Paraguay is hoping a small herb that is not trafficked, addictive, or even fattening, could to be prove the real thing that the food industry has been waiting for.
Stevia -- Latin name stevia rebaudiana bertoni -- has been used for centuries by the Guarani native people to sweeten their drinks, being 300 times sweeter than sugar with none of the calories.
Now the 60 centimeter high (24-inch) shrub has caught the eye of the granddaddy of soft drinks Coca Cola, and its poor, small Latin American home is hoping the cash tills will soon start ringing.
Coca Cola and Cargill, one of the top US food companies, recently unveiled plans to make a stevia-based sweetener under the trade name Rebiana.
And even though the herb is not yet authorized for consumption in the United States and has only a limited use in the European Union, it is already popular in Asia where China has planted thousands of hectares (acres) of rural land with the shrub.
"Coca-Cola's announcement has sparked a giant interest," said Nelson Gonzalez, head of the stevia chamber of commerce, a trade group of producers under the aegis of Paraguay's ministry of industry.
The market for stevia has grown in Argentina, Brazil and Ecuador in South America, as well as in China Japan and South Korea, but the US Food and Drug Administration has termed stevia an "unsafe food additive," while the European Union allows its sale only as a food supplement or in cosmetics.
"World demand is enormous," Gonzalez said. "But the sugar lobby wants to stop the importation of this natural, safe, revolutionary product."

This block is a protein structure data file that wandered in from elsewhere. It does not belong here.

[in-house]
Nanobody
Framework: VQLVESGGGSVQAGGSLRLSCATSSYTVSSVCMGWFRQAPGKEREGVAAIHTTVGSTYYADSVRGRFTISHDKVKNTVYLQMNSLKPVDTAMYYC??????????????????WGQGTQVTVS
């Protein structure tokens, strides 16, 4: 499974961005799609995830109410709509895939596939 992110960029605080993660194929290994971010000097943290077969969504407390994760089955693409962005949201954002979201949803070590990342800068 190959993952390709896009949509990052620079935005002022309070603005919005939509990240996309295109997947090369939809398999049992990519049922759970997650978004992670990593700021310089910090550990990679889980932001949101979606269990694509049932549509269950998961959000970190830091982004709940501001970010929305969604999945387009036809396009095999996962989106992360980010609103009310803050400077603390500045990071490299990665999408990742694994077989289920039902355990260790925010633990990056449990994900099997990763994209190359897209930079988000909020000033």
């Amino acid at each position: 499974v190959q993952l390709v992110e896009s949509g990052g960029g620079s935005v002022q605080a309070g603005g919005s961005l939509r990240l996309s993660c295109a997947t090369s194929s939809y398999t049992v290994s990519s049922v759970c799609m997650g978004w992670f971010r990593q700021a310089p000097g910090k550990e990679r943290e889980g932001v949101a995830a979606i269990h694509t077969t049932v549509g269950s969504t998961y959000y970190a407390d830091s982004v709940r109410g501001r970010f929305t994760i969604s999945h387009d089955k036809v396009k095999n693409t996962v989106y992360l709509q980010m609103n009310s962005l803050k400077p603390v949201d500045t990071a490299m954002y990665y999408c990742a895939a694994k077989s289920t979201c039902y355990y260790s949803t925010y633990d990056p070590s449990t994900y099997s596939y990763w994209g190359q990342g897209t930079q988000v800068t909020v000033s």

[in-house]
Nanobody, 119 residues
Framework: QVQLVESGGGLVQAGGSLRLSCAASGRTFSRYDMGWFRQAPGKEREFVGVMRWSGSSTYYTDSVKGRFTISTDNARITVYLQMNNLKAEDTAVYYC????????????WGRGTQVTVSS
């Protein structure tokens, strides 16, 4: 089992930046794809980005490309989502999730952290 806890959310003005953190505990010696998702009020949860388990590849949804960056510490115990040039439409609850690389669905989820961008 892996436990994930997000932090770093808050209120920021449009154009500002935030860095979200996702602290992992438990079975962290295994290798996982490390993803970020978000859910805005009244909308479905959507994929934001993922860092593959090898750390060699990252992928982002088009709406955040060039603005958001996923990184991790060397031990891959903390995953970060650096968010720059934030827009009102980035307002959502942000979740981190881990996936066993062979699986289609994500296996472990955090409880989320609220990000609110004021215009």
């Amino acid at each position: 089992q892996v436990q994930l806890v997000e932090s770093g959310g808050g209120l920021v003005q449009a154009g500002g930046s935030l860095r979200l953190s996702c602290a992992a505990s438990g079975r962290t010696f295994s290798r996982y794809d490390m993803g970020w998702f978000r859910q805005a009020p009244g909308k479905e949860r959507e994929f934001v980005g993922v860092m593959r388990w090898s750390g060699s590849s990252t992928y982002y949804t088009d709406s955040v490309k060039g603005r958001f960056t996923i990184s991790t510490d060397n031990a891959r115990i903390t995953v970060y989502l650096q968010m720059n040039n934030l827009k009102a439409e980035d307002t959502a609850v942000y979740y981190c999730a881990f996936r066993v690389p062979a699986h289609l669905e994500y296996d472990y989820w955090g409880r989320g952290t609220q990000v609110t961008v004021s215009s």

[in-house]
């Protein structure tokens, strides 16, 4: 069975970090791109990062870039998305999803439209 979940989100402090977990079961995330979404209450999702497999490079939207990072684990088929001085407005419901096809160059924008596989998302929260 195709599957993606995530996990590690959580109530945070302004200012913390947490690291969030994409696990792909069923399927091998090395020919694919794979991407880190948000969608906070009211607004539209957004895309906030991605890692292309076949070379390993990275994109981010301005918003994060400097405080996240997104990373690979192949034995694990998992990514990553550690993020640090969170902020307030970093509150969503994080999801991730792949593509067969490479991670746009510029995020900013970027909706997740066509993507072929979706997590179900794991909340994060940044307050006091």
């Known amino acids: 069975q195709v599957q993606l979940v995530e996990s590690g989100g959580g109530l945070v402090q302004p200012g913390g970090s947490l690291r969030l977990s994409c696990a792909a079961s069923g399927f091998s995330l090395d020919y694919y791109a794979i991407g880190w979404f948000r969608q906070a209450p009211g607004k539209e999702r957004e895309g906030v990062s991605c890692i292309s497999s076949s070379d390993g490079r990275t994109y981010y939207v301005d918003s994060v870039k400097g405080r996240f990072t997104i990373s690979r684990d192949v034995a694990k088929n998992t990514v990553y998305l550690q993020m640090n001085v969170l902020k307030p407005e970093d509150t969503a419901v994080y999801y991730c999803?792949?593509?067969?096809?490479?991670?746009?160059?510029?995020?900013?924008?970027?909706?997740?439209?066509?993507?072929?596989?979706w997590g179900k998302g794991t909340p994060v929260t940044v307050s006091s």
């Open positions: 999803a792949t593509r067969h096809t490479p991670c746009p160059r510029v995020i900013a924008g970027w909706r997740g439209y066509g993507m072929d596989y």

Studies at the medical school at the University of Asuncion found stevia had a long list of beneficial properties, being an anti-oxidant, anti-inflammatory and an anti-bacterial agent useful in the battle against diabetes, high blood pressure and tooth decay.
But it is finding it hard to shake off fears over carcinogens which have dogged its sister, chemically manufactured sweetners, saccharine and aspartame.
In 10 years, plantations of stevia, which is native to northwest Paraguay, have grown from 350 to 1,500 hectares (865 to 3,700 acres).
Officials hope to increase that 10-fold over the next five years through cloning, which is more effective than planting the seeds.
However, the largest producer of stevia is not Paraguay, but China, which has 20,000 hectares (50,000 acres) under cultivation.
Paraguay's stevia pioneer, the company Emporio Guarani, grows the plant and extracts the sweetener in its plant in Luque, 10 kilometers (six miles) outside Asuncion, and is not worried by China's influence on the market.
"The land of the stevia is right here," said manager Maria Teresa Aguilera, whose phone has not stopped ringing with calls from companies around the globe, following Coca-Cola's announcement.
"Thanks to our climate, we can raise three crops while China grows one," she said.
Besides its claims to safety, stevia has another advantage over aspartame: it is stable to 200 degrees C (390 degrees F) so it can be baked.
A kilogram (2.2 pounds) of stevia crystals, extracted from 12 kilograms (26 pounds) of leaf, is worth 40 to 100 dollars, depending on its purity.
Knowing that Paraguay, half of whose six million inhabitants live in poverty, may be sitting on a gold mine, authorities are now launching a bid to win international recognition as the stevia plant's country of origin.